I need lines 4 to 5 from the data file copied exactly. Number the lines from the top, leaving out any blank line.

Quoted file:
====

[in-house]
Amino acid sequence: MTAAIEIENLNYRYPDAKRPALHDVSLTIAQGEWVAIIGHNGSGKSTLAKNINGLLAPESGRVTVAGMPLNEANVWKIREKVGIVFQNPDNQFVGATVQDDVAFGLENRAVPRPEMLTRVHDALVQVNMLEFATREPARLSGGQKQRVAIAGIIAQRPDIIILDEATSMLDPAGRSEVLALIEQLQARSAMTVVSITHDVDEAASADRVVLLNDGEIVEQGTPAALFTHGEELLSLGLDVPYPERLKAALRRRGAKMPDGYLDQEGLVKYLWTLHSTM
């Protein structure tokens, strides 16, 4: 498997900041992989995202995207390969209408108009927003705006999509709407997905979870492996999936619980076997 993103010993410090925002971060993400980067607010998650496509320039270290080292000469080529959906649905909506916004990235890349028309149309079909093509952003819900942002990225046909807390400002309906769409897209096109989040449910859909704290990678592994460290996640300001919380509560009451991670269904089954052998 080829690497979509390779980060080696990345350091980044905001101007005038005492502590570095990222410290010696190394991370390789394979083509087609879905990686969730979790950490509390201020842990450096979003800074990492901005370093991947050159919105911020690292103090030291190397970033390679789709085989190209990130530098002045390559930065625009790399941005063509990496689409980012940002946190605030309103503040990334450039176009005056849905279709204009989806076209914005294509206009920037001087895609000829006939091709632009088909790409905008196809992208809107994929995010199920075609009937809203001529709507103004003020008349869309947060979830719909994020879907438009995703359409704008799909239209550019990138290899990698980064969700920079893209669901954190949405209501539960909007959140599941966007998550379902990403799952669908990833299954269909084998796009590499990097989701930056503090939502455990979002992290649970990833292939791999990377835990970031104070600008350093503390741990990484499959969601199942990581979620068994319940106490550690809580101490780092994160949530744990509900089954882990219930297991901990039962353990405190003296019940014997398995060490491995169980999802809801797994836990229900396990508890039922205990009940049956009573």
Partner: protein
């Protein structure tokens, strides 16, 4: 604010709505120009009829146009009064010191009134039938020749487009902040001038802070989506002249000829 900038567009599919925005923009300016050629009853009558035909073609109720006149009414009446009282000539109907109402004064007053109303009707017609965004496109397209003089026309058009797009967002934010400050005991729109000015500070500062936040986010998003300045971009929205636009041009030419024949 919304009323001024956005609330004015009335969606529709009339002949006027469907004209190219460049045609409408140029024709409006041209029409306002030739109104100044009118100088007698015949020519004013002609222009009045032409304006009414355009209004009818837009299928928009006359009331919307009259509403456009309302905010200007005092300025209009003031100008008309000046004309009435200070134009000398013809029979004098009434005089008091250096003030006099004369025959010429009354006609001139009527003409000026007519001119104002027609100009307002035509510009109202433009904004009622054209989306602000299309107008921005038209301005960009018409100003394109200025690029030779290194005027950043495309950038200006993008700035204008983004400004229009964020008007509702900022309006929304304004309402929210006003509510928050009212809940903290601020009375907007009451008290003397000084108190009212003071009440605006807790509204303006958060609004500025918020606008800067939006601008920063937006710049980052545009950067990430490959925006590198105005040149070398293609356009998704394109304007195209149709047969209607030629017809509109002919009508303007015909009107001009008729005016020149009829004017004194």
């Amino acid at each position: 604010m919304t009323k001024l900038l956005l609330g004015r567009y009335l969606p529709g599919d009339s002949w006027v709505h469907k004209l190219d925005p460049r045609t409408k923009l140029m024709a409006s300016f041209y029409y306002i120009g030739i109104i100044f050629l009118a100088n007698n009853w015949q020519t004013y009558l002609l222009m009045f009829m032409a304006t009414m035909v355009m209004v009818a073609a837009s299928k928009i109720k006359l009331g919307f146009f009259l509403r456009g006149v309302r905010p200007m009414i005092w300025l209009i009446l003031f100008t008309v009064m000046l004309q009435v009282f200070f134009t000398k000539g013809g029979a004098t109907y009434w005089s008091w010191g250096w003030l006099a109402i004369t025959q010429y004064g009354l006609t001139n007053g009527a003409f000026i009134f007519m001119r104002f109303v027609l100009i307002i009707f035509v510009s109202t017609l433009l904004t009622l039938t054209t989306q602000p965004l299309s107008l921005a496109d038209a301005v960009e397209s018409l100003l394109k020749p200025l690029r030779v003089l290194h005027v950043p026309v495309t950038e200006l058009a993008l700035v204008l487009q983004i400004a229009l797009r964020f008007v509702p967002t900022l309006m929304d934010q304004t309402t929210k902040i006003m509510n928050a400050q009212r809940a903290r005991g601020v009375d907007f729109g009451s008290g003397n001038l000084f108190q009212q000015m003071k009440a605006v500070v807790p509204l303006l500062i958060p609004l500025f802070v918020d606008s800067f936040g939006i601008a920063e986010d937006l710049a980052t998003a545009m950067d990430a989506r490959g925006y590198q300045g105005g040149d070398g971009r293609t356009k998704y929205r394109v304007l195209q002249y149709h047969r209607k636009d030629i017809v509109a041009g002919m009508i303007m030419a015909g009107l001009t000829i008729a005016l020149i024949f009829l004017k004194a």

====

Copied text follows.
Partner: protein
């Protein structure tokens, strides 16, 4: 604010709505120009009829146009009064010191009134039938020749487009902040001038802070989506002249000829 900038567009599919925005923009300016050629009853009558035909073609109720006149009414009446009282000539109907109402004064007053109303009707017609965004496109397209003089026309058009797009967002934010400050005991729109000015500070500062936040986010998003300045971009929205636009041009030419024949 919304009323001024956005609330004015009335969606529709009339002949006027469907004209190219460049045609409408140029024709409006041209029409306002030739109104100044009118100088007698015949020519004013002609222009009045032409304006009414355009209004009818837009299928928009006359009331919307009259509403456009309302905010200007005092300025209009003031100008008309000046004309009435200070134009000398013809029979004098009434005089008091250096003030006099004369025959010429009354006609001139009527003409000026007519001119104002027609100009307002035509510009109202433009904004009622054209989306602000299309107008921005038209301005960009018409100003394109200025690029030779290194005027950043495309950038200006993008700035204008983004400004229009964020008007509702900022309006929304304004309402929210006003509510928050009212809940903290601020009375907007009451008290003397000084108190009212003071009440605006807790509204303006958060609004500025918020606008800067939006601008920063937006710049980052545009950067990430490959925006590198105005040149070398293609356009998704394109304007195209149709047969209607030629017809509109002919009508303007015909009107001009008729005016020149009829004017004194």